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Structural Constraints, Risky Lifestyles, and Repeat Victimization

NCJ Number
253498
Date Published
2018
Length
24 pages
Author(s)
Jillian J. Turanovic; Travis C. Pratt; Alex R. Piquero
Agencies
NIJ-Sponsored
Publication Type
Research (Applied/Empirical), Report (Study/Research), Report (Grant Sponsored), Program/Project Description
Grant Number(s)
1999-IJ-CX-0053
Annotation
This article reports on a study that sought to determine (1) whether victims who reside in communities characterized by structural constraints (e.g., concentrated disadvantage) are more likely to continue engaging in risky behaviors (e.g., offending, illicit drug use, and getting drunk) after being victimized; and (2) whether victims who continue to engage in risky lifestyles have an increased likelihood of repeat victimization.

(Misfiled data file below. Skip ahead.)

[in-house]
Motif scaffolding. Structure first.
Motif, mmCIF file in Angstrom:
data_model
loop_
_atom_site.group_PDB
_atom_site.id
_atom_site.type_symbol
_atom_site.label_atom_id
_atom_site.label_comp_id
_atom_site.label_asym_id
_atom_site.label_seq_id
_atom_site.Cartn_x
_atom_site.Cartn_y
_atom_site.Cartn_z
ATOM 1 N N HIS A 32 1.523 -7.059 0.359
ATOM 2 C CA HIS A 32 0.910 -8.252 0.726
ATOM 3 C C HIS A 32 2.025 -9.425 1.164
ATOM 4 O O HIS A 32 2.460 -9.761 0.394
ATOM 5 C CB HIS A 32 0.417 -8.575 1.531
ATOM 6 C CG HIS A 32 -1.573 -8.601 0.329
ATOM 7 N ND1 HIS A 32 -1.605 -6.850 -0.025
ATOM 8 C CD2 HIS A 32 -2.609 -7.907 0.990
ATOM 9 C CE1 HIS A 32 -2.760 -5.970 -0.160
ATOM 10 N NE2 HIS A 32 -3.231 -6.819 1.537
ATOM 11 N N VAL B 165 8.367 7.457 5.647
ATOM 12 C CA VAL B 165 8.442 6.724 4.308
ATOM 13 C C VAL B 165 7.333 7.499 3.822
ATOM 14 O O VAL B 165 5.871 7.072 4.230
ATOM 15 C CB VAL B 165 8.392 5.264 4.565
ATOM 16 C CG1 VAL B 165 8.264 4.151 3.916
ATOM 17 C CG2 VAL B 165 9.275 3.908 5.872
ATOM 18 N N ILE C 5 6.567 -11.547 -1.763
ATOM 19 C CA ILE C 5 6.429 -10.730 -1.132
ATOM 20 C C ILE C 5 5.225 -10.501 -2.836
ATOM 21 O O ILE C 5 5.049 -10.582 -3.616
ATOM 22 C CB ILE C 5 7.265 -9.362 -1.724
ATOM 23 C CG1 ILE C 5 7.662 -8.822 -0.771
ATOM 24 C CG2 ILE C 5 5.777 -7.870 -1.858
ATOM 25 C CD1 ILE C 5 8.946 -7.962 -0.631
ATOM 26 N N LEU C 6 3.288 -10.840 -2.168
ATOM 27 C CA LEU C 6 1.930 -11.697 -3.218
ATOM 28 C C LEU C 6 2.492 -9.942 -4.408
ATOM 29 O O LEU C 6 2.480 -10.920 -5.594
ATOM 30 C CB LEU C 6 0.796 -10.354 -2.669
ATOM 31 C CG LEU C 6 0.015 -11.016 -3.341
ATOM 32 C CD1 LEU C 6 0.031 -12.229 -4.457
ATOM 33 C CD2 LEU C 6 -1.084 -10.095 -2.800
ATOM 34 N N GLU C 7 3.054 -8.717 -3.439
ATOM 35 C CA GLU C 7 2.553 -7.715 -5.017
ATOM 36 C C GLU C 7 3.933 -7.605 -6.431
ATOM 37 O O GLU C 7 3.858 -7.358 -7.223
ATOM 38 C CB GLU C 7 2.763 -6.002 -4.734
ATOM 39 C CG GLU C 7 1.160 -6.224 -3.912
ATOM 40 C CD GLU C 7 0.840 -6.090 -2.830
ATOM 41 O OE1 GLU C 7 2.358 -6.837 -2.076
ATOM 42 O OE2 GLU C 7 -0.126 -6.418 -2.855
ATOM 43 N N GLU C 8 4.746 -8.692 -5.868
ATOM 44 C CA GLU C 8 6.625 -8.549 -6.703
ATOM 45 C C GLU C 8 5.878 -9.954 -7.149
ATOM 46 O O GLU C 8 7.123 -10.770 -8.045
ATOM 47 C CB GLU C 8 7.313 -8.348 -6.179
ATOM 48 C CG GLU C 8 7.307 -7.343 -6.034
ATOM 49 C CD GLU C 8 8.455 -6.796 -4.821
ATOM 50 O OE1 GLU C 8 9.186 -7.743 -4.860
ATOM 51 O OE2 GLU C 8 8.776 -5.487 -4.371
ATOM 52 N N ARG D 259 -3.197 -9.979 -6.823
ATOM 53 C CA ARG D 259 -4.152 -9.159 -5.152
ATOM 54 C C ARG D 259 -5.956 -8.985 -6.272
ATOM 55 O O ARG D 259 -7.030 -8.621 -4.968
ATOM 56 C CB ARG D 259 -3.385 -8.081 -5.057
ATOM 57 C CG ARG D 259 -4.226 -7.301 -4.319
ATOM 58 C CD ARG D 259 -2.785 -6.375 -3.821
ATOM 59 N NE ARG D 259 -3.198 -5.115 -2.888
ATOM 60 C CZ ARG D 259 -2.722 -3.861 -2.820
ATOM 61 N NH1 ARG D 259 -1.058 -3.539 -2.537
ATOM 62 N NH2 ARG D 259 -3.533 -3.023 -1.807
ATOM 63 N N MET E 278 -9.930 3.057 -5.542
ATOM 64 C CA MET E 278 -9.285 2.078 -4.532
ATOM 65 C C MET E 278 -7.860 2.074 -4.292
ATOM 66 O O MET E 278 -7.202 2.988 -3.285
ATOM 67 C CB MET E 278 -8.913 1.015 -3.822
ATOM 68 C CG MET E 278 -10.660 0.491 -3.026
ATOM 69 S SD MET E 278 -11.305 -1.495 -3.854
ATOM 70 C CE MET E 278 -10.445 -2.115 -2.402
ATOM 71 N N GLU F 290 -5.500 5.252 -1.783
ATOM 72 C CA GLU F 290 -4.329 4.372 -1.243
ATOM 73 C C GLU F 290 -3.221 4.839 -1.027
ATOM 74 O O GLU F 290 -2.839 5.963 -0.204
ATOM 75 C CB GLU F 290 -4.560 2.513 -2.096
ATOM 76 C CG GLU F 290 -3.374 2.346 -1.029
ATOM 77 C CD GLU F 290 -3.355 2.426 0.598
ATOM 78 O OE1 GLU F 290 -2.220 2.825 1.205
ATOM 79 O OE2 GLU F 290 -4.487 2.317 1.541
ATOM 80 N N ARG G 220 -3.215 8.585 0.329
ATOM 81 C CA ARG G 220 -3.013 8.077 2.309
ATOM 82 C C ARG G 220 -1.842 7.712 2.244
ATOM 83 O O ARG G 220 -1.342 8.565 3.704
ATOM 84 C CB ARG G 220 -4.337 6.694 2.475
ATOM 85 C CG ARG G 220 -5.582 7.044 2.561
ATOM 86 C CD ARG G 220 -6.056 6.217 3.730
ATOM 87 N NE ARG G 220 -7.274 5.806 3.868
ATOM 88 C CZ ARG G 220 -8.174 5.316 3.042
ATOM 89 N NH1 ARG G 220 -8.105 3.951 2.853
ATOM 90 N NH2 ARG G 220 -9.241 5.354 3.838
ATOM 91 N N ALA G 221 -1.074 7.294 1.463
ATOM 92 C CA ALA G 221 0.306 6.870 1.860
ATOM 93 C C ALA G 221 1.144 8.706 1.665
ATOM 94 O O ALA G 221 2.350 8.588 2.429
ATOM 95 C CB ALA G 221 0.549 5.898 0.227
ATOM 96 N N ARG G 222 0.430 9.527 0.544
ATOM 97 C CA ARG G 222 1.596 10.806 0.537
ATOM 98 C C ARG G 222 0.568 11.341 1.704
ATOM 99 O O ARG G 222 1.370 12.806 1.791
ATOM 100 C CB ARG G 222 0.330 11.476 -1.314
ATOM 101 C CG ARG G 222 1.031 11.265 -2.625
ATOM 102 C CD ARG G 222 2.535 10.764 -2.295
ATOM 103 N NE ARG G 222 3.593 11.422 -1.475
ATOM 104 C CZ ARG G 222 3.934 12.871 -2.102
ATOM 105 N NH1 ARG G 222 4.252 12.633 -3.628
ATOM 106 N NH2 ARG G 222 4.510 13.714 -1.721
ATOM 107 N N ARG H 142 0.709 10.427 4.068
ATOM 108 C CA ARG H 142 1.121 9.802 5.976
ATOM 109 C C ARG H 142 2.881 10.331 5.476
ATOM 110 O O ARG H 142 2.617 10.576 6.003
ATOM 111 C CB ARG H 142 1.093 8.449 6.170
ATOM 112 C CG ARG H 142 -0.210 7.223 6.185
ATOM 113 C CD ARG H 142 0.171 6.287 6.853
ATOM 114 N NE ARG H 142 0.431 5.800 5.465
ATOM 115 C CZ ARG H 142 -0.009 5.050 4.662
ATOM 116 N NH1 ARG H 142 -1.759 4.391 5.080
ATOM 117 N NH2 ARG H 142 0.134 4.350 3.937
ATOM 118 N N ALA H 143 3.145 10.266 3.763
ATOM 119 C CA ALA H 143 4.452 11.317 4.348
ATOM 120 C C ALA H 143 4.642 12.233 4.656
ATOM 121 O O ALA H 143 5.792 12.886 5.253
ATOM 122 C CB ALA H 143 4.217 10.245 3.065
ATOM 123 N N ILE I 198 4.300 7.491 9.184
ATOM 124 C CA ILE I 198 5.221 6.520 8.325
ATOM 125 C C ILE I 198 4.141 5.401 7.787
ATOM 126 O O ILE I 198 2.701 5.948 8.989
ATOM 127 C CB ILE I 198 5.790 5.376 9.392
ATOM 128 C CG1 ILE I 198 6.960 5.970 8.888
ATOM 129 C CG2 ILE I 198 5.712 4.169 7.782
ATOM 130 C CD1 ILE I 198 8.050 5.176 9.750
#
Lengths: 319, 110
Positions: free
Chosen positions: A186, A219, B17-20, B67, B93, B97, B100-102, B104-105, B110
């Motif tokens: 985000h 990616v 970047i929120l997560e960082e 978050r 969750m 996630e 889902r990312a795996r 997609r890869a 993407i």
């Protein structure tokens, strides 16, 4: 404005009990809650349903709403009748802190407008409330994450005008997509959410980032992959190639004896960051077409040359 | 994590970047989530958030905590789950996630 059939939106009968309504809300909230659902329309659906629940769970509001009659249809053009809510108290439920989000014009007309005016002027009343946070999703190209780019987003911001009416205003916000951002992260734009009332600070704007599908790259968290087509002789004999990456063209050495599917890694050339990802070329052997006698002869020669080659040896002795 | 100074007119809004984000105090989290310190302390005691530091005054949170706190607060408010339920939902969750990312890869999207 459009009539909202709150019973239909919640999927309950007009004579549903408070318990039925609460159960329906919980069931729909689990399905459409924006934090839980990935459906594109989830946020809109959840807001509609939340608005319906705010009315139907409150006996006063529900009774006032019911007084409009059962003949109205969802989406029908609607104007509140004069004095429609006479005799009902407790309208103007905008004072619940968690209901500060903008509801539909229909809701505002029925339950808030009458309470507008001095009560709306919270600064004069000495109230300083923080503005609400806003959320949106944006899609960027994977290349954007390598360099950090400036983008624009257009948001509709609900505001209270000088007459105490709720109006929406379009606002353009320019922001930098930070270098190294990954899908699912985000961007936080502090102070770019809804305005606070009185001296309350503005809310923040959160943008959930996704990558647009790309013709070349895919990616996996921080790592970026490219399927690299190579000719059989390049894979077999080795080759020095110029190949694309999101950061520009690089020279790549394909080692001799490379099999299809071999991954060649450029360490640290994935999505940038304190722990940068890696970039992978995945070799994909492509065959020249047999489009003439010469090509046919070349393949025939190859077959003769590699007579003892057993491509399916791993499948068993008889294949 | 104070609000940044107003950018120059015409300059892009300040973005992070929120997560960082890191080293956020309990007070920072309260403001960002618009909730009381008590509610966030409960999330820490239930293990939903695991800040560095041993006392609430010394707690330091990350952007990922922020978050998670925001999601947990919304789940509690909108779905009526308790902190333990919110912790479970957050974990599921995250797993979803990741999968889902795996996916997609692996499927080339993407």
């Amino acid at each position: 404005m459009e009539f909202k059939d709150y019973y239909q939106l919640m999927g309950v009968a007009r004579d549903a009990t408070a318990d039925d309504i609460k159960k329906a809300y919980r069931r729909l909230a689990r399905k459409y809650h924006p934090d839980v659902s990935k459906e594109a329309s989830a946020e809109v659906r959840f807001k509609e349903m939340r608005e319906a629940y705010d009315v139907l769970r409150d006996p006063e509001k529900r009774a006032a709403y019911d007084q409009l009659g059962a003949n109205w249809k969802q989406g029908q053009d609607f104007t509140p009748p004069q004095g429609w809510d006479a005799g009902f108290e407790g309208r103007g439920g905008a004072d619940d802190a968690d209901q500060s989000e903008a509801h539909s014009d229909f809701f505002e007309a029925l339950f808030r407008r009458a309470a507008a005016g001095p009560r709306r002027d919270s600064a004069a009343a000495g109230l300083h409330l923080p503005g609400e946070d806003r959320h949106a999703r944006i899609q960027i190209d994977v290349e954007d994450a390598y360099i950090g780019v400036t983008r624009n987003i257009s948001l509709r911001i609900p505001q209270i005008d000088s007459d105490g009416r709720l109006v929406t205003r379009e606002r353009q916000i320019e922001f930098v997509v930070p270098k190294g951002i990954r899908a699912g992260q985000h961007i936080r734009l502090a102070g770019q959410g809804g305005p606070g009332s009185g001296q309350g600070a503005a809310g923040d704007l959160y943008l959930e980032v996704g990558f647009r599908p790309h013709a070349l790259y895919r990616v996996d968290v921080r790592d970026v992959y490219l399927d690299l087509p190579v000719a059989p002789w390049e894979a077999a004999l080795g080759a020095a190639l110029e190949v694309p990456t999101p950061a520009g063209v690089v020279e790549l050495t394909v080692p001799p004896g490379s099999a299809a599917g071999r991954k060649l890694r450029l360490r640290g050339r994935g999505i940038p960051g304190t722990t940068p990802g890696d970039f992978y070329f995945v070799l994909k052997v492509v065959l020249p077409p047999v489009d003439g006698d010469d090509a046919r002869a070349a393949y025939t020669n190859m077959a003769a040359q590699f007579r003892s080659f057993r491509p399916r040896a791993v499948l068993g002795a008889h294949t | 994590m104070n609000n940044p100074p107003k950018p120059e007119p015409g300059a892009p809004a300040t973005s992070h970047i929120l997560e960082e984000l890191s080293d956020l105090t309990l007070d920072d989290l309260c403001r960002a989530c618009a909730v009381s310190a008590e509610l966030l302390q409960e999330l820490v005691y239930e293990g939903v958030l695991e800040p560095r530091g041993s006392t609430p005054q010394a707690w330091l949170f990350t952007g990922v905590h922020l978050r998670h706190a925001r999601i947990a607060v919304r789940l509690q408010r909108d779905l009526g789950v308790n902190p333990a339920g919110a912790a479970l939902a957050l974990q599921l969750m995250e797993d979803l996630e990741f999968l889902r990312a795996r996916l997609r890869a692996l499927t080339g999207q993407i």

Abstract
Research indicates that victims who make changes to their risky behavioral routines are better able to avoid being victimized again in the future; nevertheless, some victims' abilities to change their behaviors may be limited by what Hindelang et al. referred to as "structural constraints" ( Victims of Personal Crime: an Empirical Foundation for a Theory of Personal Victimization. Ballinger, Cambridge, 1978). In examining this issue, the current study analyzed 10 waves of data (spanning nearly 7 years) from the Pathways to Desistance Study; and multilevel models were estimated to examine changes to risky lifestyles and repeat victimization among a subsample of victims. The findings indicate that community-level structural constraints impose limits on the changes that victims make to their risky lifestyles, and that these changes influence repeat victimization. The study concludes that, in the context of repeat victimization, structural constraints are both real and consequential, and that future theory and research should continue to explore how context shapes and influences victims' behavioral routines. (publisher abstract modified)
Date Created: July 20, 2021